Sensory-active compounds influencing wine experts' and consumers' perception of red wine
For experts, wine quality is linked to high contents of norisoprenoids. For consumers, wine quality is linked to high contents of oak-related volatiles. Ethanol increases finish intensity and duration of coconut and floral flavors in red wine
There is a lack of studies focusing on the chemical compounds involved in quality perception.
A Washington State work combines both sensory and chemical approaches with the final goal of evaluating the sensory-active compounds influencing wine experts' and consumers' perception of red wine quality.
Perceived quality was categorised by 108 consumers and 119 experts according to four levels going from very low to very high quality. In parallel, samples were described by a descriptive trained panel and volatile and non-volatile chemicals with known sensory activity were quantified.
Wines with higher concentrations of eugenol, E− and Z-whiskylactones and 4-ethylphenol (discussed in terms of matrix effect) are perceived higher in quality by consumers, while fusel alcohols and astringent-related compounds such as PAs, cis-aconitic acid, certain flavonols and hydroxycinnamic acid derivatives are linked to lower quality samples. In contrast, experts perceived wines with lower levels of whiskylactones and volatile phenols while higher levels of norisoprenoids to be higher in quality.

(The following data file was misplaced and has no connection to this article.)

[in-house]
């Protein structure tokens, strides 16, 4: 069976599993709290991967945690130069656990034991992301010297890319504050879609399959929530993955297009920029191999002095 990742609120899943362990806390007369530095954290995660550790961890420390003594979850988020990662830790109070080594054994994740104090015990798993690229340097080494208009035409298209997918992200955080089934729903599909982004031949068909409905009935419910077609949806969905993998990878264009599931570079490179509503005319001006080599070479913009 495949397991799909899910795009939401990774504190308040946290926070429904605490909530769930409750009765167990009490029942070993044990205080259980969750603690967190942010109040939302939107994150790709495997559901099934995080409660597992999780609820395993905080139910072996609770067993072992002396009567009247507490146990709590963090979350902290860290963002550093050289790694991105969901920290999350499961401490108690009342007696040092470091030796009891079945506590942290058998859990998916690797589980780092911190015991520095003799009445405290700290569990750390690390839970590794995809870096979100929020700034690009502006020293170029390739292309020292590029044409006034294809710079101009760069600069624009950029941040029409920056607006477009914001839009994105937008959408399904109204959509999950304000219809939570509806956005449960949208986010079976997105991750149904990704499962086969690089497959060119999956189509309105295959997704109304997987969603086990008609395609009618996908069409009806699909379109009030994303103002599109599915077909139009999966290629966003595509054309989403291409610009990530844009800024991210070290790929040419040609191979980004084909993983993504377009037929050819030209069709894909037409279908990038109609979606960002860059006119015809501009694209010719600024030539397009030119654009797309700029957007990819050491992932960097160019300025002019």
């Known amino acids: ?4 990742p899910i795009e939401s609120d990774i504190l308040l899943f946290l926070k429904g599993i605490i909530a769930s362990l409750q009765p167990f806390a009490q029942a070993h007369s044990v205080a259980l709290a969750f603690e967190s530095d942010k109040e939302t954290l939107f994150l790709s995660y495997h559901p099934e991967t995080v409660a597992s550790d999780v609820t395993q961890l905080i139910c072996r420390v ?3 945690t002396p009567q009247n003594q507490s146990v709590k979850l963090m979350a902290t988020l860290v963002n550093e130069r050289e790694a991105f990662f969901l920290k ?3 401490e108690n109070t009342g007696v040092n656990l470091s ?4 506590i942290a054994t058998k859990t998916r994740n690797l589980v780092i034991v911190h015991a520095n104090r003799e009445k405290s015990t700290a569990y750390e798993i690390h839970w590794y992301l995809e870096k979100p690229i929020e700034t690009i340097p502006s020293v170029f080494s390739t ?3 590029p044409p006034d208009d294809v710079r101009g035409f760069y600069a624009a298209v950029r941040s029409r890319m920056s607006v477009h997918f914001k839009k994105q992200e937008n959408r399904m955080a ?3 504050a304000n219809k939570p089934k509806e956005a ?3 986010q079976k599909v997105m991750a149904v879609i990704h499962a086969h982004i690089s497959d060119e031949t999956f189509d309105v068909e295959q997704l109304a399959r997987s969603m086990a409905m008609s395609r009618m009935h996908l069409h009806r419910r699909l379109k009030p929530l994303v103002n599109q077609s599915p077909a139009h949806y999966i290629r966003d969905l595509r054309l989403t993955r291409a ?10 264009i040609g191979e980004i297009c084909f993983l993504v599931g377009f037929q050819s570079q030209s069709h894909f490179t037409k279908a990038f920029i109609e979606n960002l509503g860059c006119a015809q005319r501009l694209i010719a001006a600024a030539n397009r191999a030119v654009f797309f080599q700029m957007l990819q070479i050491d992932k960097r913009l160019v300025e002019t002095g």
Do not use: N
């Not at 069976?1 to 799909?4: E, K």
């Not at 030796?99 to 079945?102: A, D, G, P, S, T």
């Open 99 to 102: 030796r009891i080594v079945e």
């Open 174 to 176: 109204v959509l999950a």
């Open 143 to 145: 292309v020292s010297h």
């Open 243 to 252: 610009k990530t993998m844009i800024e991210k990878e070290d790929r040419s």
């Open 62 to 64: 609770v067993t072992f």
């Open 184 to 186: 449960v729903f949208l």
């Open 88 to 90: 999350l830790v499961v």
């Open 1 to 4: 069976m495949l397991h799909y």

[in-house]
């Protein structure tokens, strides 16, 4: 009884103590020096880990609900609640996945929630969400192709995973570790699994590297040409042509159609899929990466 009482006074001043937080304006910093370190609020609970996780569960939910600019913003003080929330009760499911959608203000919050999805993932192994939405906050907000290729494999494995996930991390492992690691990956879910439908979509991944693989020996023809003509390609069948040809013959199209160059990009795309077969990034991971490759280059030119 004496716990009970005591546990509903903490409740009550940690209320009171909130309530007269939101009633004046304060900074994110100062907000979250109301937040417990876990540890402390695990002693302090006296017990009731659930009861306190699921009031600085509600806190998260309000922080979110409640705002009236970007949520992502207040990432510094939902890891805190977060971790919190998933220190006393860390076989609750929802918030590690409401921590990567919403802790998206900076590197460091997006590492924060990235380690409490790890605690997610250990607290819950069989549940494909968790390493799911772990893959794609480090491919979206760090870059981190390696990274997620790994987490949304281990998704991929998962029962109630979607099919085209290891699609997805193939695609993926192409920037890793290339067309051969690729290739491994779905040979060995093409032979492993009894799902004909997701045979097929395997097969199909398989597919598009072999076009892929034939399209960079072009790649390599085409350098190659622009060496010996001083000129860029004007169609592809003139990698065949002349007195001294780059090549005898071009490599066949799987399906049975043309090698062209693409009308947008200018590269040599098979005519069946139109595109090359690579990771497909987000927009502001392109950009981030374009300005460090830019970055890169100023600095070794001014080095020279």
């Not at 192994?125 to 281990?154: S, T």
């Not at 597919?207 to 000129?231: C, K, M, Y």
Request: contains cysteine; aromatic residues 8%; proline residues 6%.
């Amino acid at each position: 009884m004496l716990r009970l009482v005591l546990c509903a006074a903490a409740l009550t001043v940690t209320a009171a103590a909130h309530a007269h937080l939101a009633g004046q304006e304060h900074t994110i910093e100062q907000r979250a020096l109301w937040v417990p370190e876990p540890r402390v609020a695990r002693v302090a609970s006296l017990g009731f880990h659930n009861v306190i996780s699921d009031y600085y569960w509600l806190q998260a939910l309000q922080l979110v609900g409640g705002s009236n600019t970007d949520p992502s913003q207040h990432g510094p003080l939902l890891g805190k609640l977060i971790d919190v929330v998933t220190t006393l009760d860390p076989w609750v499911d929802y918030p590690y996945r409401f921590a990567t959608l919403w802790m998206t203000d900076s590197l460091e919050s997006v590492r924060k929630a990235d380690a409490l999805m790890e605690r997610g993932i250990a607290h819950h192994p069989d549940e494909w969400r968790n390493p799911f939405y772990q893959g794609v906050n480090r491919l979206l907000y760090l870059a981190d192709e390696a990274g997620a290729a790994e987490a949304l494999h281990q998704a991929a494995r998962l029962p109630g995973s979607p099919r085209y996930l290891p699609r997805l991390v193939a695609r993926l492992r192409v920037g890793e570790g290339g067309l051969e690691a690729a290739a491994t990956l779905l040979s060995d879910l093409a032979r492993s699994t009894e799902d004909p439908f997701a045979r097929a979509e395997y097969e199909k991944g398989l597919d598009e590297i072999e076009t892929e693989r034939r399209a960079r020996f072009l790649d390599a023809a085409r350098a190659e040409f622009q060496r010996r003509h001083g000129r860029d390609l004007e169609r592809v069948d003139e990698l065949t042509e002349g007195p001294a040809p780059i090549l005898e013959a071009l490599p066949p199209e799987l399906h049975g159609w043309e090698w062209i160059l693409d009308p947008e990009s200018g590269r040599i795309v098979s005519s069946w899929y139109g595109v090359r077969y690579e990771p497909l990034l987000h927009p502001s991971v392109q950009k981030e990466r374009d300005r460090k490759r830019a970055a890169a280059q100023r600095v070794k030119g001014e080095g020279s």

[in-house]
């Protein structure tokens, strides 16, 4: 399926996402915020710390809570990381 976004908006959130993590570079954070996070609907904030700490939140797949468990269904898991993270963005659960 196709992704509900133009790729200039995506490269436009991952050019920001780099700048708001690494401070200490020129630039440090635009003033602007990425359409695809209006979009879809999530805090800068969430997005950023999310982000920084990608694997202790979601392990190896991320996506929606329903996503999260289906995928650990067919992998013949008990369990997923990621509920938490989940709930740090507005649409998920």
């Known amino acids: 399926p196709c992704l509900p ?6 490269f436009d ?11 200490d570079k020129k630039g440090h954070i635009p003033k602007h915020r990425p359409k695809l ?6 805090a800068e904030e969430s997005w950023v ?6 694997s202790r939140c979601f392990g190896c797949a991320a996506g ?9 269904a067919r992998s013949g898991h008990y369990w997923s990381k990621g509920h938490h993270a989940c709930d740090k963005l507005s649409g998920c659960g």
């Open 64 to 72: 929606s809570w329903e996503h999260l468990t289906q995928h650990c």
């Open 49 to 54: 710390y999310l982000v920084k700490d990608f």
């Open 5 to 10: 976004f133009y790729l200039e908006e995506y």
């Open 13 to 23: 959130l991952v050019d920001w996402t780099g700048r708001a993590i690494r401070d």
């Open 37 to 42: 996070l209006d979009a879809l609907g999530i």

Wine finish, the tastes and aromas that linger after swallowing wine, is a critical aspect of wine quality. The objective of this study was to use time-intensity (TI) methodology to determine whether the finish parameters of different flavors varied as a function of wine matrix composition.
Trained panelists (n = 10) executed TI evaluations on three flavor compounds (2-phenylethanol (floral), 3-isobutyl-2-methoxypyrazine (bell pepper), and oak lactone (coconut)), heat, and astringency in wine adjusted to varying ethanol and tannin levels.
Multivariate analysis of variance indicated that elevated ethanol increased duration and intensity of the finish for floral and coconut samples (p < 0.05). For floral and bell pepper, no significant differences were shown using canonical variates analysis (CVA); however, for coconut, the high ethanol samples were more associated with a higher finish intensity and longer duration of finish.
Flavor interactions also affected finish duration, with coconut (oak lactone) finish duration shortened by 10.35 s in the presence of 2-phenylethanol.
These results showed that the wine matrix affects red wine finish and can be used by winemakers to understand how different processing techniques that alter the ethanol and tannin content of their wines, may also be affecting the sensory qualities of the wine finish.
Allison K. Baker, Carolyn F. Ross, Wine finish in red wine: The effect of ethanol and tannin concentration, Food Quality and Preference, Volume 38, December 2014, Pages 65-74, ISSN 0950-3293
María-Pilar Sáenz-Navajas, José-Miguel Avizcuri, Jordi Ballester, Purificación Fernández-Zurbano, Vicente Ferreira, Dominique Peyron, Dominique Valentin, Sensory-active compounds influencing wine experts' and consumers' perception of red wine intrinsic quality, LWT - Food Science and Technology, Volume 60, Issue 1, January 2015, Pages 400-411, ISSN 0023-6438